Alaska Science Center


News Releases are timely, official communications produced by the Alaska Science Center that are targeted for use by the news media in reporting information on scientific findings or program activities.

If you have questions about upcoming events, research, or media inquiries regarding the USGS Alaska Science Center please contact Yvette Gillies or Steven Sobieszczyk.


Filter Total Items: 108
Date published: March 20, 2014

The Science Behind the 1964 Great Alaska Earthquake and Tsunami

Why does the 1964 Great Alaska Earthquake Matter 50 Years Later? Scientific experts will talk about a half-century of scientific and monitoring advances triggered by the 1964 events.

Date published: March 11, 2014

"Ultra Marathon Champion" Bird May Plan Flights Based on Weather Across Pacific

A recent U.S. Geological Survey-led study of the bar-tailed godwit, a shorebird known famously as the ultimate marathon champion of bird flight, suggests that these birds can sense broad weather patterns and optimally time their long, nonstop, transoceanic migrations to destinations thousands of miles away. 

Date published: February 28, 2014

25 Years After the Exxon Valdez, Sea Otter Population at Pre-Spill Levels

Nearly 25 years after the Exxon Valdez oil spill injured wildlife off the coast of Alaska, a new report issued today by the U.S. Geological Survey indicates that sea otters have returned to pre-spill numbers within the most heavily oiled areas of Prince William Sound.

Date published: February 20, 2014

Media Advisory: USGS to Host Congressional Briefing: Earthquake Science and Remaining Mysteries

It's 1964 in Alaska. Imagine 4.5 minutes of powerful ground shaking underneath you from a magnitude 9.2 earthquake. You and your loved ones are then faced with resulting landslides and a devastating tsunami. You just experienced the largest earthquake ever recorded in North America. 

Date published: January 21, 2014

Sea Ice Decline and Permafrost Thaw Create Goose Habitat in Arctic Alaska

Scientists with the U.S. Geological Survey report that warming temperatures are leading to the creation of high quality habitats for geese along the Arctic coast of Alaska. This scientific finding is contrary to the deleterious effects that warming global temperatures are having on habitats of sea ice-dependent animals, such as polar bear and walrus.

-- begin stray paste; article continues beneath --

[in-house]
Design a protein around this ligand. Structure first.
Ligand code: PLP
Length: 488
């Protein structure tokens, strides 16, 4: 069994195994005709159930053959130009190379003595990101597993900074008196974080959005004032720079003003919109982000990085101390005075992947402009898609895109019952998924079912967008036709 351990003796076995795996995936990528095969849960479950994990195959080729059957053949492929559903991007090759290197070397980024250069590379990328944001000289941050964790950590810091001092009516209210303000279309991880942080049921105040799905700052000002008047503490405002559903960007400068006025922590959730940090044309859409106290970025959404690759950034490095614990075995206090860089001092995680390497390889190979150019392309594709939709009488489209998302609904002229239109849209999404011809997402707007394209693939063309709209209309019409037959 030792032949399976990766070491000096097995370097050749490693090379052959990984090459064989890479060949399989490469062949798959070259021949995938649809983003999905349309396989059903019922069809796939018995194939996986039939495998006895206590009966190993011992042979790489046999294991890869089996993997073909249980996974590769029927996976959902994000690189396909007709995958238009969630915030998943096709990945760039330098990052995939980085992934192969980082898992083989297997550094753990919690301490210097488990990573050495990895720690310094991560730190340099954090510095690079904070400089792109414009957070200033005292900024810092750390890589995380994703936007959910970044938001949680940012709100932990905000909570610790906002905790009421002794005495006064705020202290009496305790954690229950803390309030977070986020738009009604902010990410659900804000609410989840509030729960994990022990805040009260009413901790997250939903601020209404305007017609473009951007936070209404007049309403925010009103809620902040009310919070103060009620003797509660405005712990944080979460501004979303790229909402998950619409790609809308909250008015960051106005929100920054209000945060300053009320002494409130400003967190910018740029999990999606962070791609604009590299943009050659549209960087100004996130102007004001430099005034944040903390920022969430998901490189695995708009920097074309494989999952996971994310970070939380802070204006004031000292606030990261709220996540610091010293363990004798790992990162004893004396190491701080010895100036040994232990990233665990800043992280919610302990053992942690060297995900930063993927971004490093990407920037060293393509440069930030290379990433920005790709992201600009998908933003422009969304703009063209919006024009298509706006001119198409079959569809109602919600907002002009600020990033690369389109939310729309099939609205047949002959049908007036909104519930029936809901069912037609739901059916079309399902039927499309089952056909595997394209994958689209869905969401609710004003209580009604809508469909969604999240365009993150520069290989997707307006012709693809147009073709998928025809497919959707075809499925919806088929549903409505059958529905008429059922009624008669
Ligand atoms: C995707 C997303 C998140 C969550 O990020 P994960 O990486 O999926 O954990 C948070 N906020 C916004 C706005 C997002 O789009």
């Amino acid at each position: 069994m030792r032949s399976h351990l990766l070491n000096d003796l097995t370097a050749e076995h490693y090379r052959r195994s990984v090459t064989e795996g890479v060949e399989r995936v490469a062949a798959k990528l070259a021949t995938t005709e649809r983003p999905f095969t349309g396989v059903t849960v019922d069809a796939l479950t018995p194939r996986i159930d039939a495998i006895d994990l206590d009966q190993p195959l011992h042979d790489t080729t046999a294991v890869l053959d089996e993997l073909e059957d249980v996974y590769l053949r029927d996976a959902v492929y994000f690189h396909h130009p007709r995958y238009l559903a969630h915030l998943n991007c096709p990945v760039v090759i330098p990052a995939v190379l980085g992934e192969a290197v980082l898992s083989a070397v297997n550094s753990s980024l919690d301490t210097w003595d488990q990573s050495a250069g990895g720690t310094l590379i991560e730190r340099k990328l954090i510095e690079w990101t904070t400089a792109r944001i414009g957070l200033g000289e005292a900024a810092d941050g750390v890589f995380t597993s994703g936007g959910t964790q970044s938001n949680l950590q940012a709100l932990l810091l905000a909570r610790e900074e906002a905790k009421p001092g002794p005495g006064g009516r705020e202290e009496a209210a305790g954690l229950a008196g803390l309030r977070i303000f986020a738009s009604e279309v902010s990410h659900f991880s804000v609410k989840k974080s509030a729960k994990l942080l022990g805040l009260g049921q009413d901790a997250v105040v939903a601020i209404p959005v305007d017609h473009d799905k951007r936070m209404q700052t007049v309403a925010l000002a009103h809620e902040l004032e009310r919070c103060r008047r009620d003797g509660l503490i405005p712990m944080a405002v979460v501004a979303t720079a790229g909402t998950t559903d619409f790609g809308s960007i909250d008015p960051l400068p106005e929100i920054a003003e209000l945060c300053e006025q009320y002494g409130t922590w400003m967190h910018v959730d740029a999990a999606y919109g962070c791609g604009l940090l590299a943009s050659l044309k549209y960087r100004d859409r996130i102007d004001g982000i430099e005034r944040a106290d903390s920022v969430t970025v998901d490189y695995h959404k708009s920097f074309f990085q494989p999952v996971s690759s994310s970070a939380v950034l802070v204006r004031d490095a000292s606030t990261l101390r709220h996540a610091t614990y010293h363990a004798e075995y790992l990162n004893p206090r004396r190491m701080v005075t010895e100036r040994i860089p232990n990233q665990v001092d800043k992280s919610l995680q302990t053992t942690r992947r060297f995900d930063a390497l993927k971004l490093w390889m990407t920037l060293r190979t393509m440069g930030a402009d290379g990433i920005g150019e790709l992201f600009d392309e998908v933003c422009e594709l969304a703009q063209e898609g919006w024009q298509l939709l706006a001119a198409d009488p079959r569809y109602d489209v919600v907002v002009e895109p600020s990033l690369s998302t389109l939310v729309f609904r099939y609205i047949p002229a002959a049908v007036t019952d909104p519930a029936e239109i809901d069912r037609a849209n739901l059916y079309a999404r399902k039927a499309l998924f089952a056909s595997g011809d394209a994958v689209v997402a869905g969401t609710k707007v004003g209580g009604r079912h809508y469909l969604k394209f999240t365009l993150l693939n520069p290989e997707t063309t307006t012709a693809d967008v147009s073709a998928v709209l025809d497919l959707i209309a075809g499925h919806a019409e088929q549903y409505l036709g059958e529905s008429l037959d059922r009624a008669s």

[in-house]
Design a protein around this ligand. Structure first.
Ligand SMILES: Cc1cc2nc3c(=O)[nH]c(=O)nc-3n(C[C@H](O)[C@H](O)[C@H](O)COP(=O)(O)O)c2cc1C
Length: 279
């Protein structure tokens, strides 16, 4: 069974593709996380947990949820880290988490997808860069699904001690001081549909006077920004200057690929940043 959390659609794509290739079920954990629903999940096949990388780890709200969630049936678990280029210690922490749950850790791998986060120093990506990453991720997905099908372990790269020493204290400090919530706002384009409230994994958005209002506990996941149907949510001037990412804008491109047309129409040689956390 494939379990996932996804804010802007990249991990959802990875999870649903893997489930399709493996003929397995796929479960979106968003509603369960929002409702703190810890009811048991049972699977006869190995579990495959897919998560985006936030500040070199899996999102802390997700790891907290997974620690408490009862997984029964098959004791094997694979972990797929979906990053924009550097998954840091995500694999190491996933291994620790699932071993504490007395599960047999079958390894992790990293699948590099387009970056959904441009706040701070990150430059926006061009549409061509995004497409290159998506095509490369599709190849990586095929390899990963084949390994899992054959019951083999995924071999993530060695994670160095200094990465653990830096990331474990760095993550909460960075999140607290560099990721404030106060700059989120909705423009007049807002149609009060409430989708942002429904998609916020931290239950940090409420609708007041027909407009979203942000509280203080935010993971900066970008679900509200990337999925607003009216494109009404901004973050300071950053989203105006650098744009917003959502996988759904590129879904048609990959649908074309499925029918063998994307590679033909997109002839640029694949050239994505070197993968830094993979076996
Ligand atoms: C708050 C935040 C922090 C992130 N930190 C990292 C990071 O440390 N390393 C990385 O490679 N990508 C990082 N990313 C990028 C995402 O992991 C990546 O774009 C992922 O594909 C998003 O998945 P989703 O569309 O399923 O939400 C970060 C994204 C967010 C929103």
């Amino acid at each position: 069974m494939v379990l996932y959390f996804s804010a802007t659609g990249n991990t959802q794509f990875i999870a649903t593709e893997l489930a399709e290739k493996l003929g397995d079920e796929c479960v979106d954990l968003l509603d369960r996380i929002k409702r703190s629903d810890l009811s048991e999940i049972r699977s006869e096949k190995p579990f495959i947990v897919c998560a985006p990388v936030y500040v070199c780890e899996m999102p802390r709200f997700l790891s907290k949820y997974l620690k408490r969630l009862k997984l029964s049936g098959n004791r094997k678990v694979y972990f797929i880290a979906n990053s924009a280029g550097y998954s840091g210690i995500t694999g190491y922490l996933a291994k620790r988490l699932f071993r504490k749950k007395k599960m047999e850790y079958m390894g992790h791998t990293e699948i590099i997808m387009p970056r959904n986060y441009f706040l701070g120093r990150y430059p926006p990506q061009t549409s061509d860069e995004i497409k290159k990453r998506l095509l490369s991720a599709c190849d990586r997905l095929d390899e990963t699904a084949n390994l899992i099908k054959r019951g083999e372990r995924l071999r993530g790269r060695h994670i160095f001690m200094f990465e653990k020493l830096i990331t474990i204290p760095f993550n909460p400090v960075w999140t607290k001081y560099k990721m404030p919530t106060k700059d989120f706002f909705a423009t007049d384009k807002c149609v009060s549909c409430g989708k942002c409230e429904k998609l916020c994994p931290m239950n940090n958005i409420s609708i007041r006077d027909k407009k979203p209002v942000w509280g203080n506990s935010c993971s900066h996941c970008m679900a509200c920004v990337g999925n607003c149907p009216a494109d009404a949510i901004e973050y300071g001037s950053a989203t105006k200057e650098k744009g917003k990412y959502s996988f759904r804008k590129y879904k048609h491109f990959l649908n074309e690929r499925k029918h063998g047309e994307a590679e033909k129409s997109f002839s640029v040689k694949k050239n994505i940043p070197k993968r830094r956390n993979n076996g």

Date published: November 21, 2013

New Book Celebrates Cup’ik Youth

25 Years of Goose Banding and Conservation through Federal and Tribal Partnership on the Yukon-Kuskokwim Delta in Western Alaska

Date published: July 30, 2013

Zoo Polar Bear Sports High -Tech Neckwear for Conservation

Study will help biologists track wild polar bears' response to climate change. In partnership with: Oregon Zoo

Date published: June 27, 2013

Potential Hot Spot for Avian Flu Transmission Identified in Western Alaska

Low-pathogenic avian influenza viruses with Eurasian genes have been found among birds in the Yukon-Kuskokwim Delta of western Alaska, supporting the theory that the area is a potential point of entry for foreign animal diseases such as the more highly pathogenic H5N1 strain, according to a new study by U.S. Geological Survey scientists.

Date published: June 4, 2013

Research on Rare Earth Elements in Alaska Could Help Make Them Less Rare

A unique deposit of heavy rare earth elements at Alaska's Bokan Mountain could help scientists understand how rare earth element deposits form, according to new research by geologists from Saint Mary's University in Halifax and the U.S. Geological Survey. Rare earth elements are important, but scarce, elements used in components in many cutting edge electronic and defense technologies.

Date published: May 30, 2013

Alaska Geochemical Database Updated

Multiple sources of Alaskan geochemical information have united into one online resource. 

Date published: November 14, 2012

USGS Study Tracks Pacific Walrus, Observes Effects of Arctic Sea Ice Loss on Behavior

Sparse summer sea ice in the Arctic over the past five years has caused behavioral changes in Pacific walruses according to research published by U.S. Geological Survey and Russian scientists. The effects on the walrus population are unknown.

Date published: June 26, 2012

Shrews in the News -- Rapid Evolution of Shrews in Response to Climate Change

Shrews are among a diverse group of small mammals that have rapidly evolved in response to climate change, according to a new study released this month.